Sense and Sensibility



9-10:30 p.m., Sunday, March 30; Sunday, April 6

Beginning in January, PBS' "Masterpiece" series (formerly "Masterpiece Theatre"; the change was made based on market research) has presented adaptations of all the Jane Austen novels in one fell swoop, all of them new except "Emma" and "Pride and Prejudice." The series began with a scrumptious version of "Persuasion" (featuring one of television's all-time great screen kisses, between Sally Hawkins and Rupert Penry-Jones), and has also thrown in for good measure a surprisingly effective biopic, "Miss Austen Regrets."

While the story line of "Sense and Sensibility" is intricate enough to make some careful record-keeping useful, and the various twists and turns of the plot absorbing enough, it is the rich dimensionality that Austen lavished on the sisters Dashwood (Hattie Morahan and Charity Wakefield), and their contrasting philosophies concerning romance, that makes any theatrical adaptation particularly rewarding for actors and audience alike.

"Sense and Sensibility" has not lacked for top-drawer treatment, of course, most notably Ang Lee's 1995 film starring Kate Winslet, Emma Thompson, Hugh Grant and Alan Rickman. Yet somehow this predictably low-key one from the BBC and WGBH is almost its equal.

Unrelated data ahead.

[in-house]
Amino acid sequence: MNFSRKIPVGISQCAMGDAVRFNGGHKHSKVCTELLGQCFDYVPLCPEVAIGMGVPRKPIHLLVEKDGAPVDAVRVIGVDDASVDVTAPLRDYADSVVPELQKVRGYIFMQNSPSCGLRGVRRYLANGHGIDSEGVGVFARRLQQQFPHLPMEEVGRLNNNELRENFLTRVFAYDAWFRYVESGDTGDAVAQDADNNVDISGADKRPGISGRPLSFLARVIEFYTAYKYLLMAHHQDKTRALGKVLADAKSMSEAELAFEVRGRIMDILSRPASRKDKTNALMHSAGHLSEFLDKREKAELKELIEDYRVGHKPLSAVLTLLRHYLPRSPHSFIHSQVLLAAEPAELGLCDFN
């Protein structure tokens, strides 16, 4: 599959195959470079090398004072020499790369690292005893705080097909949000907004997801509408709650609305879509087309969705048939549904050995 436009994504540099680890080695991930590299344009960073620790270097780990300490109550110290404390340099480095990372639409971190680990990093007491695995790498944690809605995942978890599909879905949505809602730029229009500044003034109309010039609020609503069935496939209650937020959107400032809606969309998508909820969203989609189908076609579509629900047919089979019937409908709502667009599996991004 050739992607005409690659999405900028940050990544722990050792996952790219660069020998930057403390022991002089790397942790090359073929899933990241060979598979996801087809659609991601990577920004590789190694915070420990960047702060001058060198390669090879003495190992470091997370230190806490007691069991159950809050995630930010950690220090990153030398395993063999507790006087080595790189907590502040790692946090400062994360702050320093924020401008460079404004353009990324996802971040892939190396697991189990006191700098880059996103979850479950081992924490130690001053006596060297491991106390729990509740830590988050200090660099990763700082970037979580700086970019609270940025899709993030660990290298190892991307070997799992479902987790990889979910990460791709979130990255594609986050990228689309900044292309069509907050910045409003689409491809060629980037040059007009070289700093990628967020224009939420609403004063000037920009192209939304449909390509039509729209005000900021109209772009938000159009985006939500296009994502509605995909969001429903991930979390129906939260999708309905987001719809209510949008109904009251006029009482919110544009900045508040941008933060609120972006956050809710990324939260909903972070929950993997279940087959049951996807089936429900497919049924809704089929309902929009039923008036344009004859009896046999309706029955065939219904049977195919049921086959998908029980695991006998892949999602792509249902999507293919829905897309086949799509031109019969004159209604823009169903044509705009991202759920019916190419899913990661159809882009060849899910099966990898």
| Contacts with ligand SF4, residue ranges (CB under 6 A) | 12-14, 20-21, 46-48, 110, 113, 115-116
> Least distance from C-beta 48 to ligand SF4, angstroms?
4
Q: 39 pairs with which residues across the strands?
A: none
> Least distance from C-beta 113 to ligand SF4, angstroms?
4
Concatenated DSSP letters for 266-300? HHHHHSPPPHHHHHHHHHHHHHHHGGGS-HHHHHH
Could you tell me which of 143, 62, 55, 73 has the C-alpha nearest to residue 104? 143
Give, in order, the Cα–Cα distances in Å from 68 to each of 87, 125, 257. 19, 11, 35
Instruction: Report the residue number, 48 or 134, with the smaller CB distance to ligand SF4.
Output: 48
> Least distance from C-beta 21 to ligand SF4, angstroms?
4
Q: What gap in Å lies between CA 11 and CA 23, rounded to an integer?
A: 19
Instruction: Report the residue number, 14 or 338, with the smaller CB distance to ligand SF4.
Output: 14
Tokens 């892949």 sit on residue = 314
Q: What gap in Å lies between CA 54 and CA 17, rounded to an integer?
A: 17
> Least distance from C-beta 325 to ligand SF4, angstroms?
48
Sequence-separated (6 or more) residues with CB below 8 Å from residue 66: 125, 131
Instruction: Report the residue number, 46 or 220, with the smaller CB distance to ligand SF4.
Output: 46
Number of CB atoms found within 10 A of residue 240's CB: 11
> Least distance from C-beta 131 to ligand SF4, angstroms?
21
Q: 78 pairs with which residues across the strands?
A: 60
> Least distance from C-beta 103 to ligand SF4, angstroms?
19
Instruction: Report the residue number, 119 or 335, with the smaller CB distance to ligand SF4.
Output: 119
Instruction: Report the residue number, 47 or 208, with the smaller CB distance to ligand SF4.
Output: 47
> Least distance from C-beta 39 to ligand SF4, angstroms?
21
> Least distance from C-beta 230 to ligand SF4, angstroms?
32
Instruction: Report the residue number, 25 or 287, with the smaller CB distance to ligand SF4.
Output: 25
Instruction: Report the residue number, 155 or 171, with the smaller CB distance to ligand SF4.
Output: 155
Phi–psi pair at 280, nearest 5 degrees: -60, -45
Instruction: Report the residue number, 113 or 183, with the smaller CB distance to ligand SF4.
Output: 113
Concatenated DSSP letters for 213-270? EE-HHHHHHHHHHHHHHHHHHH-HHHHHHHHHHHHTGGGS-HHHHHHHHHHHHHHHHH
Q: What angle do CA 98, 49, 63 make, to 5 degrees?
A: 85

As the more thoughtful and accepting sister, Morahan is particularly excellent, her elegant physical beauty and subtly expressive face making the perfect foil to Wakefield's delightful exuberance and optimistic romantic joy, and the two actors work very well with each other.

As has been true throughout the series, the cast is outstanding, led this time by Janet McTeer's reserved and moving performance as Mrs. Dashwood, and Dan Stevens' and David Morrissey's unusually authentic performances as the sister's eventual squeezes. In a nice bow to "Masterpiece Theatre's" roots, Jean Marsh, a key creative force in "Upstairs, Downstairs" and other landmark productions, makes an appearance as the pivotal Mrs. Ferrars.

The production is handsome in the dreamy BBC style, and writer Andrew Davies has done his usual efficient distillation job, including adding a few imaginative touches involving galloping horses and nubile young bodies that would have surprised Austen.

As one writer described Austen's world as being one "in which the adjustment of personal relationships is the most interesting and significant of problems," so have the new episodes in the series adjusted their quality and sensitivity to the viewing needs of the new century.

A co-production of the BBC and WGBH Boston
Executive producer for WGBH: Rebecca Eaton
Executive producers: Jessica Pope, Sally Woodward Gentle
Associate producer: Vanessa De Souza
Teleplay by Andrew Davies from the novel by Jane Austen
Producer: Anne Pivcevic
Director: John Alexander
Director of photography: Sean Bobbitt
Film Editor: Roy Sharman
Production designer: James Merifield
Costume designer: Michele Clapton
Music by Martin Phipps
Casting director: Kate Rhodes James
Elinor Dashwood: Hattie Morahan
Marianne Dashwood: Charity Wakefield
Edward Ferrars: Dan Stevens
Colonel Brandon: David Morrissey
John Willoughby: Dominic Cooper
Mrs. Dashwood: Janet McTeer
Fanny Dashwood: Claire Skinner
Sir John Middleton: Mark Williams
Lady Middleton: Rosanna Lavelle
Lucy Steele: Anna Madeley
Robert Ferrars: Leo Bill
John Dashwood: Mark Gatiss
Mrs. Ferrars: Jean Marsh